Sometimes it's more about the conversation than it is about actual service. here's 6 tips to improve your customer conversations.
Remember when you used to go to your local grocery, and had a chat with the grocer about the weather? Or when you got a haircut, and spent your time talking to the hairdresser about the local football team? Chances are, that when you needed some more groceries (or a haircut), you wouldn’t even think about it – you would go right back to those places.
People enjoy feeling that they belong, and they’ll keep coming back to places they feel welcome at, and feel familiar with. What you were getting in those places wasn’t customer service per se – it was customer conversation. Actually talking to your customers and having a conversation with them does wonders and improves your relationship (and your sales) no end.
Here are 6 ways that improve your customer conversations:
Let the customer lead
Some people are informal right off the bat, and start to tell you about their daughter’s wedding, or the last time they went on vacation. Others prefer to keep a little bit more distance between you and them, to keep things on a more formal setting. They prefer to talk about the weather, or taxes. To avoid making mistakes, the best thing is to follow the customer’s lead when they start talking, and that will help you understand how to conduct the conversation.
Of course, when you get to know the customer better, things can change.
Have a real conversation
Once you understand HOW the customer prefers to talk, have a conversation with them. Don’t look for places to ‘close the sale’, or ‘sweeten the deal’. Have a normal, casual conversation. People can tell the difference between a conversation for the sake of ‘buy this’, and a friendly conversation that you are having with them simply because you want to.
Although this is a two-way conversation, you’d rather the customer spoke, not you (it’s about them, remember?). It’s sometimes very easy, certainly in casual conversation, to slip into ‘lecture’ mode. Think about the times you talk about politics, the way that your football club should have played, why iPhones are better than Android, or why the original Total Recall film is clearly superior.
Now, while you may be right about these matters, your customer isn’t there to get a lecture. Keep things on the light side, and let your customer do most of the talking.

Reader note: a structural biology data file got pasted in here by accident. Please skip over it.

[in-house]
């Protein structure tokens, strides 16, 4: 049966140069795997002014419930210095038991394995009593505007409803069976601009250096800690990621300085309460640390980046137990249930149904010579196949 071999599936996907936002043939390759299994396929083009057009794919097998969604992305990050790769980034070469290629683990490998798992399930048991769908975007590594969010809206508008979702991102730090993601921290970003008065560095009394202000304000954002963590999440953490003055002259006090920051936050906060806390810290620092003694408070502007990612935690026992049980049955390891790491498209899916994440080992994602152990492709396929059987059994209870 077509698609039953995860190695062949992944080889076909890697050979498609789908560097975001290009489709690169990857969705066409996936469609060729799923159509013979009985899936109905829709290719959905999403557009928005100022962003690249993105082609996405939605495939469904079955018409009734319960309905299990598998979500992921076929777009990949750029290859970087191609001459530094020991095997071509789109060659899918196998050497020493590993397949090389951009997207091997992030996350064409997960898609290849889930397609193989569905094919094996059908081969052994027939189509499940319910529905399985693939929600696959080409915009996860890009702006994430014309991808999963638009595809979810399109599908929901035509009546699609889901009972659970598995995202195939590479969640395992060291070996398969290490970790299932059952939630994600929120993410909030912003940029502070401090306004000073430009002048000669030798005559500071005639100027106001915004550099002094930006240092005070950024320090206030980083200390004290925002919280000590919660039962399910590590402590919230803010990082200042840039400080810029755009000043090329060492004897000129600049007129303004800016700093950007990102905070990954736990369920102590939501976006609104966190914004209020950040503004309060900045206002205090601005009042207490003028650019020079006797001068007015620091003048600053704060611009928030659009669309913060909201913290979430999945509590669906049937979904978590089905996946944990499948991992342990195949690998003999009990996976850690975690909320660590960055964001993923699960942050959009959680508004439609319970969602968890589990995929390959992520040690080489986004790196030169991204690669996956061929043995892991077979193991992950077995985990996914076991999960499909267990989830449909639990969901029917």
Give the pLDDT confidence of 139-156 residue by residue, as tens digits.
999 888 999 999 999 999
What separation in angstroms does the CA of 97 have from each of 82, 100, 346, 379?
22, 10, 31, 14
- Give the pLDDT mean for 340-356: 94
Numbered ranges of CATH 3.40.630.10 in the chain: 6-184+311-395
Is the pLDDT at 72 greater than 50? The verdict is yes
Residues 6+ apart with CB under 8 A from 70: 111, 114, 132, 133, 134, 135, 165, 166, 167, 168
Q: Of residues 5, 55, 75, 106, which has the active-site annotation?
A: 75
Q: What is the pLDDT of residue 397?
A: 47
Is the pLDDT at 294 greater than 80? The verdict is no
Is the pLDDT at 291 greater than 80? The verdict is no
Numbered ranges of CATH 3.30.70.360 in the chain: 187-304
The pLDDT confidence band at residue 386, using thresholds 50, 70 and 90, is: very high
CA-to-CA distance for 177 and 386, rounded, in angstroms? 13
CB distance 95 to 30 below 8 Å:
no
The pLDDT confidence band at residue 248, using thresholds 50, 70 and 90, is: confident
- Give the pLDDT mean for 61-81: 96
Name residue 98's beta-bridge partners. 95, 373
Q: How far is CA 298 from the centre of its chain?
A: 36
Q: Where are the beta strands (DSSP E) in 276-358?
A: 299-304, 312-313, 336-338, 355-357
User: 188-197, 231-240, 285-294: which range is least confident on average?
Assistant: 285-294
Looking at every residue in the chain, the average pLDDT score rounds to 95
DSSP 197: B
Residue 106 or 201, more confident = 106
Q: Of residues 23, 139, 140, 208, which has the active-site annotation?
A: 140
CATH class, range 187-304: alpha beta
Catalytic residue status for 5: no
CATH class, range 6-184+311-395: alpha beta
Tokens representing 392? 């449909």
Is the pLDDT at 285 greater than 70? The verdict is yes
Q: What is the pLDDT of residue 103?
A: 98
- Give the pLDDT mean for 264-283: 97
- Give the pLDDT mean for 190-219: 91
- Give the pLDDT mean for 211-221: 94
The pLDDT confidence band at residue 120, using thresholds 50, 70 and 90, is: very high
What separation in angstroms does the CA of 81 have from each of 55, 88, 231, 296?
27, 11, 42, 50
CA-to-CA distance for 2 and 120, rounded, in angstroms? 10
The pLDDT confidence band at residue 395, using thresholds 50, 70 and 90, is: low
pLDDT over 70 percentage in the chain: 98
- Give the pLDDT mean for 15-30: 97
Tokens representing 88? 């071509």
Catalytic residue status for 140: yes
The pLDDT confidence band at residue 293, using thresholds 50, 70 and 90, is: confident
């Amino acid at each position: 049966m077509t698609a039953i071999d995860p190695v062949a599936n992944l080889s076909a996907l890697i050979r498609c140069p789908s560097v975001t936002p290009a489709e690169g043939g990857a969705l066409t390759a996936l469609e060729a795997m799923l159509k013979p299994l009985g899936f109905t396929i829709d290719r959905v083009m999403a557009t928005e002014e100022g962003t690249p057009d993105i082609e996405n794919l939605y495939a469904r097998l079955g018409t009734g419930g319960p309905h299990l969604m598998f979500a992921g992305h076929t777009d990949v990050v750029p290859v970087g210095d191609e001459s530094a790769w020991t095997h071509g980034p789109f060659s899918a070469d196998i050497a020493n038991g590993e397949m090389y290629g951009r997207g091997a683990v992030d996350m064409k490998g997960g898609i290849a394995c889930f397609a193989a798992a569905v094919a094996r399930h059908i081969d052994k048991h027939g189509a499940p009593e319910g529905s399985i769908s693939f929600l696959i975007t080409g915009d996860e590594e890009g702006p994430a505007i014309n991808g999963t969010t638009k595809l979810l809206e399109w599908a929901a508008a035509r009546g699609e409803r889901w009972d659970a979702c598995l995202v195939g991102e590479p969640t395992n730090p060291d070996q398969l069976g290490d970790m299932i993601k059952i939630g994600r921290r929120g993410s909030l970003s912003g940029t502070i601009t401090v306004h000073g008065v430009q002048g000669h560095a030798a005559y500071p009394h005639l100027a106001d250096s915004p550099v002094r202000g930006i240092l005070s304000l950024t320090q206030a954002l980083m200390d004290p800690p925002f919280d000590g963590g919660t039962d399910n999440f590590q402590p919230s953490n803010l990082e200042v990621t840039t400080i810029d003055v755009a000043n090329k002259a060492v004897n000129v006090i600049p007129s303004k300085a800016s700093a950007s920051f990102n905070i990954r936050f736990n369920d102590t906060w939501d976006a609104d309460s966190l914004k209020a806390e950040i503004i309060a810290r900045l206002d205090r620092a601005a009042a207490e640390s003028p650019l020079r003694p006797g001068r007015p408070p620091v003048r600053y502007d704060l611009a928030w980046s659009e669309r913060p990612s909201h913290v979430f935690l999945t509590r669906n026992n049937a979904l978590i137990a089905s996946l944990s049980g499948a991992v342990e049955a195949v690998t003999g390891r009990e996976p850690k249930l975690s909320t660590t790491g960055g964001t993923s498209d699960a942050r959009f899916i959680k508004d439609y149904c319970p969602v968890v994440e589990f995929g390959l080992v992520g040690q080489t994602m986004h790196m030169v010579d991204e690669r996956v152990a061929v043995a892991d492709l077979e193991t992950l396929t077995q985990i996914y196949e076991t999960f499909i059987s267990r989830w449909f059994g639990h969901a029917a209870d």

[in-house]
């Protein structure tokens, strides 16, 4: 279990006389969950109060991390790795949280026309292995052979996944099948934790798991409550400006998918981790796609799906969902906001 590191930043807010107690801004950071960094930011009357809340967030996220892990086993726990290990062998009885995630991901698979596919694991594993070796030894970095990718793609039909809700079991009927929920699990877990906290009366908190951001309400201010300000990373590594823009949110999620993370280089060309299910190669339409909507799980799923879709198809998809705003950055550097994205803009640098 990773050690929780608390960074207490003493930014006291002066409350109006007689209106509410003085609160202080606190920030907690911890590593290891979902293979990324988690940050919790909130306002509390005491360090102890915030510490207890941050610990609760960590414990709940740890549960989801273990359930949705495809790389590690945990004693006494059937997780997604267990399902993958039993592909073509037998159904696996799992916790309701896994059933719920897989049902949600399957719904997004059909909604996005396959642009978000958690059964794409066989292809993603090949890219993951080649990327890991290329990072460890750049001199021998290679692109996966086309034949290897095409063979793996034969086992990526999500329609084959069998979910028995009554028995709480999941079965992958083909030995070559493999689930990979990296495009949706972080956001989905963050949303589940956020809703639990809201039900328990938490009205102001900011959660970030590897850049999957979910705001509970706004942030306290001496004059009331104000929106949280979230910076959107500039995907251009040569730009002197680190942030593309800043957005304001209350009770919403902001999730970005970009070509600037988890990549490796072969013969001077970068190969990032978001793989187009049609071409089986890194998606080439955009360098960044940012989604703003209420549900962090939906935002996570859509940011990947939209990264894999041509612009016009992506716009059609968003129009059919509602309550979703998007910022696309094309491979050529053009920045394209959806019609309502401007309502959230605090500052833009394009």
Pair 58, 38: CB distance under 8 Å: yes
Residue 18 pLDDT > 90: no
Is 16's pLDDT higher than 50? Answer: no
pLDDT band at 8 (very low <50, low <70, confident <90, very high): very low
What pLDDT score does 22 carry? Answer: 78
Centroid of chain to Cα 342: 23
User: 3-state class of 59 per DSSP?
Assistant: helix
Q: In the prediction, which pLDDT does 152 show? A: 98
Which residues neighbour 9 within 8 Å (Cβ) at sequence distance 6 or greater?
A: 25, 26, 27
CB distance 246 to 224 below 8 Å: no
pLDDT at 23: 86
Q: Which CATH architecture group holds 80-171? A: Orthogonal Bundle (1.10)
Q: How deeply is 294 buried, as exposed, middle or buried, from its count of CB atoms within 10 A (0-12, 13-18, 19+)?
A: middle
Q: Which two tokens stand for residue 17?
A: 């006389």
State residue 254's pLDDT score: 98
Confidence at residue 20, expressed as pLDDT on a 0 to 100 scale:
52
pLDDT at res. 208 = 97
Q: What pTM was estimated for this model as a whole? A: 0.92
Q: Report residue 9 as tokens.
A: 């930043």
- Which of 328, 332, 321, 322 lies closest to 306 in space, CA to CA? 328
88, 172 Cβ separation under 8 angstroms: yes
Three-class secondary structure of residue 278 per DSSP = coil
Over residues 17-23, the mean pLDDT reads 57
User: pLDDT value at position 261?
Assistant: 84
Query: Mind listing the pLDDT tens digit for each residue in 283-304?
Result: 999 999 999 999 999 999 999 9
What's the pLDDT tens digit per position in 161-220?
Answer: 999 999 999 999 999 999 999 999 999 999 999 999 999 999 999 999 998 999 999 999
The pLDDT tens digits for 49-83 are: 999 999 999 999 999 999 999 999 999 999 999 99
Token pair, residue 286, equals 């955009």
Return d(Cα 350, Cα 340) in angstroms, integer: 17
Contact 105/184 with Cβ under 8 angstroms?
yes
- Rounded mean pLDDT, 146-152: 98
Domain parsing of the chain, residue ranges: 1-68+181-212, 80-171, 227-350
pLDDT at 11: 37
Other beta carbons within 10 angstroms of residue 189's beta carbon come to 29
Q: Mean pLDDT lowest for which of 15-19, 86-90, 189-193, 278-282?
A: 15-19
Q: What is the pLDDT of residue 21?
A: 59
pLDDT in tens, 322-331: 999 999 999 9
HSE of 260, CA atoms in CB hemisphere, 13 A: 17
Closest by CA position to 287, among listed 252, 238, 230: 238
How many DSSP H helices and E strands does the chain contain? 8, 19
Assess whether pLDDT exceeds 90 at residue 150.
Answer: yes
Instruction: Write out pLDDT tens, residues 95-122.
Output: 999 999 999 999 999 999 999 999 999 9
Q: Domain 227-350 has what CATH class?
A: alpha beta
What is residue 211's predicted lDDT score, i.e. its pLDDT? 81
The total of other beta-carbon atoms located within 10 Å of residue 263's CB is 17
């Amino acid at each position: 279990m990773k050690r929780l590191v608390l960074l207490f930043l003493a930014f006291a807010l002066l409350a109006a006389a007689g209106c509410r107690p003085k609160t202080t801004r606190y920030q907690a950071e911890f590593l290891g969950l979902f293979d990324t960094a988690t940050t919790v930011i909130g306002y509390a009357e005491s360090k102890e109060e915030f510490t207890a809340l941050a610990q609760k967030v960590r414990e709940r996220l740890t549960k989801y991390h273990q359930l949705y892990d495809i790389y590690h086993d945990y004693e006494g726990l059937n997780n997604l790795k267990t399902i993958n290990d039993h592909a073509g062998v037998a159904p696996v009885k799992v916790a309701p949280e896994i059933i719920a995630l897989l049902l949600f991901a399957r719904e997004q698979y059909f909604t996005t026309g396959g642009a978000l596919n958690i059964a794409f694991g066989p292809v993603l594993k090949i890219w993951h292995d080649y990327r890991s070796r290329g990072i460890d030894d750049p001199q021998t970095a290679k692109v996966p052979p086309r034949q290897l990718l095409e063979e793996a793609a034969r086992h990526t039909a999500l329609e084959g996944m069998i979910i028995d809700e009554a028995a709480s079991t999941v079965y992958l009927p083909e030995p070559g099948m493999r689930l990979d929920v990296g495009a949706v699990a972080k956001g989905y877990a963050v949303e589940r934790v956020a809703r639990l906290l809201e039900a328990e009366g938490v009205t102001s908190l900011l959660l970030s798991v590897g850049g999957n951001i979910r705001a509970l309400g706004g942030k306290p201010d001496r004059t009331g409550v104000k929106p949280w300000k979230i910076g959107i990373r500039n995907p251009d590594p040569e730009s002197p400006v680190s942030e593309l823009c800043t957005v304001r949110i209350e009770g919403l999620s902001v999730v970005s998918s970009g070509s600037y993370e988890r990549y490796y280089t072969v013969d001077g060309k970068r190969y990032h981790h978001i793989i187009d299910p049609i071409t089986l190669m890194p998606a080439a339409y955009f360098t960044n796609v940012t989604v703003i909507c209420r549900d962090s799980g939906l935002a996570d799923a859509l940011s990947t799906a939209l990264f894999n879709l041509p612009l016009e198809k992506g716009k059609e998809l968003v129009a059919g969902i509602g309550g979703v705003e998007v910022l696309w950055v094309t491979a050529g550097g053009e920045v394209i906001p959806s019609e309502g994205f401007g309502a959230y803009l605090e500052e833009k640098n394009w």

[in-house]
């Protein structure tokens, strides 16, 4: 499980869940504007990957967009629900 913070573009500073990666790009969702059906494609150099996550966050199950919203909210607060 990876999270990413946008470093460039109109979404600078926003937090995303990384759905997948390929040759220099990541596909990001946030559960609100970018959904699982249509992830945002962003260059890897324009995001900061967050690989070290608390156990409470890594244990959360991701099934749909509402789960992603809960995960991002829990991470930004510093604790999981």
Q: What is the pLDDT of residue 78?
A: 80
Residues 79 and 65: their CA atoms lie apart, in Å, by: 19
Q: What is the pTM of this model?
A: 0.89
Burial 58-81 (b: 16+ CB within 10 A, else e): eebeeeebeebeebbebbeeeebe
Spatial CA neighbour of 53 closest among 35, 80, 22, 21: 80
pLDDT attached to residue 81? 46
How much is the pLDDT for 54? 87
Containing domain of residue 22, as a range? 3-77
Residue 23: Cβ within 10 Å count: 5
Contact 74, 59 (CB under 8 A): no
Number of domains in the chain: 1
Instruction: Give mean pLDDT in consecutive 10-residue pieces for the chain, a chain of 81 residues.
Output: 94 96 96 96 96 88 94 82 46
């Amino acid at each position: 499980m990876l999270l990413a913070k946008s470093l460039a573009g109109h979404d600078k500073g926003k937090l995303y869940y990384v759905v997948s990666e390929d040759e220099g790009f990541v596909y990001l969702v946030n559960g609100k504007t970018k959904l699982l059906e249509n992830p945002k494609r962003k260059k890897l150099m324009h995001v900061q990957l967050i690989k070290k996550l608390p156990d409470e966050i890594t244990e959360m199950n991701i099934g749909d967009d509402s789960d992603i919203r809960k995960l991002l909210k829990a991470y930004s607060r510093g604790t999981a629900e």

People buy from people, not companies. So if the conversation turns the right way, you can bring up more personal stuff – stories about your kids, the latest movie you went to see, feel around for some common hobbies and so on. When customers know personal things about your life, it contributes to that sense of familiarity we talked about, and contributes to whether or not they decide to come back.
Follow the customer’s agenda
The customer also wants to get something out of the conversation. It could be a discount, a way to spend a pleasant five minutes waiting for the rain to stop, or because they saw the final of Fringe the other day, and they are dying to tell someone about it. Now, you might have a very different agenda to pursue, and you might be trying to close a huge deal – but remember what we said at first? Let the customer lead. This applies to the agenda as well – if the customer wants to talk about the weather, trying to lead the conversation back to closing the deal will just lead to frustration, and might even cause the whole deal to be canceled.
Follow the customer’s agenda. Eventually it will coincide with yours.
The customer is your equal
This is perhaps the most self-evident of these points, but we’ll repeat it just in case. The conversation that you have with your customers should have a feeling of mutual respect. Customers aren’t above or beneath you – you shouldn’t be talking down to them (and this is true in any case, and in almost any conversation), and you shouldn’t feel like you are subservient to them, as this will almost certainly lead to resentment on your part, and the conversation will probably not go as well as you hope.